I just got my hands on a used x10 pan/tilt camera mount. With it I have retrofitted my non-pan/tilt IP camera with it and I have written a simple yet easy on the eyes web interface with live 1 frame per second(by choice) view.

Check out my latest post where I demonstrate this functionality as a popup in XBMC, including script source code http://homeawesomation.wordpress.com/2013/02/18/doorbell-ipcam-xbmc-update/

I’ve finished installing my in-ground sprinkler system, which includes a lawn sprinkler and some pop-up garden misters.

It was a very easy job and only cost a couple hundred dollars. Each garden mister really too 2 minutes to dig, place and fill. The in ground sprinkler is also very easy. The hardest part was digging the trench for the feeder link to the sprinkler, but that wasn’t much work either.

Parts Used:

  • Digital Water Timer
  • Irrigation header hose
  • Compression ends/connectors
  • PSI Regulator
  • In-Ground lawn sprinker
  • Garden misters

I purchased everything locally from LeeValley. Everything was off the shelf from this link:http://www.leevalley.com/en/Garden/page.aspx?cat=2,2280&p=49657

Except for the lawn sprinkler which I removed (unscrewed) the connector tube and just hooked it up directly to the system. http://www.leevalley.com/en/Garden/page.aspx?p=59746&cat=2,2280,33159&ap=1

The next step is to open up the water timer, solder some wires to the buttons and then allow control of the timer u997_MEDsing an arduino. I think this will be a very cool mod because I can then use the internet to gain weather reports and use that data to determine  watering. I can also take it a step further by adding say a moisture sensor to intelligently water my lawn. I actually think the water timer isn’t needed because we’re replacing the brains with an arduino, and instead a cheap water solenoid from Adafruit could be used. http://www.adafruit.com/products/997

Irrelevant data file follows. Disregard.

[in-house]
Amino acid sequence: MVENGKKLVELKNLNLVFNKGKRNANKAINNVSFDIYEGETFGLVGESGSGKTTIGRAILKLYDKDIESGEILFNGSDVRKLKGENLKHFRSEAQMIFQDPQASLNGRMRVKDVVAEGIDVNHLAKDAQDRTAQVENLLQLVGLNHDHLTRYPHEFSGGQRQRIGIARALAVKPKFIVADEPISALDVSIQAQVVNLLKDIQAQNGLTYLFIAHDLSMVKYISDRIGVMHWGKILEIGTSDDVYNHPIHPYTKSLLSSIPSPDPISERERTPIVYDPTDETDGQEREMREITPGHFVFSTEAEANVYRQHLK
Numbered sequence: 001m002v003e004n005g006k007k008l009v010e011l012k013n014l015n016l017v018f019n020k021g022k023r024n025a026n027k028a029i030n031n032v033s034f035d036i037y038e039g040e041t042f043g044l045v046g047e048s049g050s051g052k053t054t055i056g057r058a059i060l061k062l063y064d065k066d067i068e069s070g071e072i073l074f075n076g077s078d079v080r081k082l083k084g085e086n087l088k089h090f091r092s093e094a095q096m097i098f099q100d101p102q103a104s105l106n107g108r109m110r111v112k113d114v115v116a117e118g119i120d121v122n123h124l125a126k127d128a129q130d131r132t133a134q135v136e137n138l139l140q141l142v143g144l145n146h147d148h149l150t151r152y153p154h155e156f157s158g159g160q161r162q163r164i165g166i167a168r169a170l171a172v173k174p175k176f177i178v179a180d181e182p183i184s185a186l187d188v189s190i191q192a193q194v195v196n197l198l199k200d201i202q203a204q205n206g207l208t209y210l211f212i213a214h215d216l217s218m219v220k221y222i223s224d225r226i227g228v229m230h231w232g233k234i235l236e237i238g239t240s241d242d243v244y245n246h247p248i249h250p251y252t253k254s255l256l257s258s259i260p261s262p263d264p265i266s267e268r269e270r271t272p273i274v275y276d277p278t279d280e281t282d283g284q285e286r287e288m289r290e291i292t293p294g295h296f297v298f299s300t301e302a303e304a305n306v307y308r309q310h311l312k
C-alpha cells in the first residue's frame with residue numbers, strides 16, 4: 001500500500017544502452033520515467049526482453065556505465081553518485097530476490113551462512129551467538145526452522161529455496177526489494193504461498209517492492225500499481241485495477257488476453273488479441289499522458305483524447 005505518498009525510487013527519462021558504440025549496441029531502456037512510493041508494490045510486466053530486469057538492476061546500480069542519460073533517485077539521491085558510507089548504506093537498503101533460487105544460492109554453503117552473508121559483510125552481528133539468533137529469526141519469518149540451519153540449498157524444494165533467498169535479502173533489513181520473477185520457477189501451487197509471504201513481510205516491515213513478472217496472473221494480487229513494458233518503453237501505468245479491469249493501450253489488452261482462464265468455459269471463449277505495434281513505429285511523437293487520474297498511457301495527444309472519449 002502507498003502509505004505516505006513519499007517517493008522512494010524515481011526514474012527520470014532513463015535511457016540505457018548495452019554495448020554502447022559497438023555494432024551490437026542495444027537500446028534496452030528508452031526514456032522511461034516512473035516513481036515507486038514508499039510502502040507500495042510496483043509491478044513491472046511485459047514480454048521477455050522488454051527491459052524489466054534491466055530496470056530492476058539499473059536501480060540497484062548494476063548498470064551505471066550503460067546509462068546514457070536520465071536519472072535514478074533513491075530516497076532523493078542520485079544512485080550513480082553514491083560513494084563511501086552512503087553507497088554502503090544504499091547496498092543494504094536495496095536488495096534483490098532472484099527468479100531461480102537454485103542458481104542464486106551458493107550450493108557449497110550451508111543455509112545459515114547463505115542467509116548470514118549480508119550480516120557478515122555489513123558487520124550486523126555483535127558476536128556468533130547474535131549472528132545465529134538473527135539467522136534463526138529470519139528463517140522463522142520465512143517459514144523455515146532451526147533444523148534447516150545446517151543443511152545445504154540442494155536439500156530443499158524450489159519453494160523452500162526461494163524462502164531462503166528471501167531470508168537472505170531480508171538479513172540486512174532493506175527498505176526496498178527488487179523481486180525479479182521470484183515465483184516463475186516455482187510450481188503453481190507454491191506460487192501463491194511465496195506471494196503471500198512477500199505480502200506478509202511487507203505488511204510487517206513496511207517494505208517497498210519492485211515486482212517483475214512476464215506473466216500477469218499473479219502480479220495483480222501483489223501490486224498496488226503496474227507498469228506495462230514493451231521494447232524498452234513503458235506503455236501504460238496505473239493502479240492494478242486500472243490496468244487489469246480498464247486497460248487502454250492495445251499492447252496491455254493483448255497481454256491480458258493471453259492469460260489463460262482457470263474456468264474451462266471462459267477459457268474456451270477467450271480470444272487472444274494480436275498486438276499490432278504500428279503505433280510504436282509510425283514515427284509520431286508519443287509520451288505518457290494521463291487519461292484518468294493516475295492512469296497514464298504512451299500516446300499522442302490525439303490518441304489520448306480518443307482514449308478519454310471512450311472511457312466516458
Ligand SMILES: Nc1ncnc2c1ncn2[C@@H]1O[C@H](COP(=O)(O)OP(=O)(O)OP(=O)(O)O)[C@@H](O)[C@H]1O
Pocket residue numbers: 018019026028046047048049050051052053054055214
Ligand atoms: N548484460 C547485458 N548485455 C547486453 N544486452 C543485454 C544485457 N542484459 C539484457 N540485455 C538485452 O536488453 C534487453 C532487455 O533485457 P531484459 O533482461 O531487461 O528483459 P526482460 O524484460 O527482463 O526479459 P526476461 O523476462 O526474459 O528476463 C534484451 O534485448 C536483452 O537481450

Here is a video of me testing out the equipment before install. I also show the parts used.

Here’s some photos of the finished product

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So what you’re seeing here is me using a Harmony remote, and a mediapc running XBMC, plus x10 Home Automation to control my Lights, Thermostat and Fireplace. The Harmony remote and my PC drive the functionality. XBMC’s Notifications via API allow on screen feed back for what commands I’m executing.

Soon I will update this page with links to illustrations, script examples and a parts list.

Parts Used:
-Logitech Harmony Remote
-X10 lights + PC Controller (any HA lights would do)
-IR543 (is an x10 IR received for the remote, but an xbmc script could do this)
Parts Used:
-Logitech Harmony Remote
-X10 Universal Module for fireplace (basically a relay switch)
-TX15B X10 thermostat (deprecated, I recommend a good WIFI thermostat)

Here are some screen shots, I’ve included a summary of most of the dialogs to give you an idea.

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People might be interested in this x10 plugin for XBMC. It doesn't support linux services but I'm actually planning to add this to the existing script.  http://forum.xbmc.org/showthread.php?tid=110392

So you’re at the point where you want to add more functionality to your home automation system, or maybe you specifically only want a remote access Thermostat. There are a number of reasons to want this but the question is which one is the best choice? Which technology is the right choice?